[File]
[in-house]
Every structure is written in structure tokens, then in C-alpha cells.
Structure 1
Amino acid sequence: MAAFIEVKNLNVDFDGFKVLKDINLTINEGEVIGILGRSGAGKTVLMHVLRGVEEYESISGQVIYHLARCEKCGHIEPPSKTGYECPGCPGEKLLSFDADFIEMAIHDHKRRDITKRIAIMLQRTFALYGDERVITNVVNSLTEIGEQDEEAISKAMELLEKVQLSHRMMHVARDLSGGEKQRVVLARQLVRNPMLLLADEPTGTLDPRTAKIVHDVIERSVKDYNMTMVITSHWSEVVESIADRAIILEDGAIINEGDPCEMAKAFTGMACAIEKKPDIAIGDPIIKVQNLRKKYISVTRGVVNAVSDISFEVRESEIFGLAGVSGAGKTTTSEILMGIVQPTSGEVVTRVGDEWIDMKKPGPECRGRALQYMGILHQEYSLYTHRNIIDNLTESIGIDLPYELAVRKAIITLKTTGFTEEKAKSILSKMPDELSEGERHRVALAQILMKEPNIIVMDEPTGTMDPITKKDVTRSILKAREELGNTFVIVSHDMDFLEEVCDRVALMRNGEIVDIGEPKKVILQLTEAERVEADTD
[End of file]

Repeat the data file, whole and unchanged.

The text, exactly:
[in-house]
Every structure is written in structure tokens, then in C-alpha cells.
Structure 1
Amino acid sequence: MAAFIEVKNLNVDFDGFKVLKDINLTINEGEVIGILGRSGAGKTVLMHVLRGVEEYESISGQVIYHLARCEKCGHIEPPSKTGYECPGCPGEKLLSFDADFIEMAIHDHKRRDITKRIAIMLQRTFALYGDERVITNVVNSLTEIGEQDEEAISKAMELLEKVQLSHRMMHVARDLSGGEKQRVVLARQLVRNPMLLLADEPTGTLDPRTAKIVHDVIERSVKDYNMTMVITSHWSEVVESIADRAIILEDGAIINEGDPCEMAKAFTGMACAIEKKPDIAIGDPIIKVQNLRKKYISVTRGVVNAVSDISFEVRESEIFGLAGVSGAGKTTTSEILMGIVQPTSGEVVTRVGDEWIDMKKPGPECRGRALQYMGILHQEYSLYTHRNIIDNLTESIGIDLPYELAVRKAIITLKTTGFTEEKAKSILSKMPDELSEGERHRVALAQILMKEPNIIVMDEPTGTMDPITKKDVTRSILKAREELGNTFVIVSHDMDFLEEVCDRVALMRNGEIVDIGEPKKVILQLTEAERVEADTD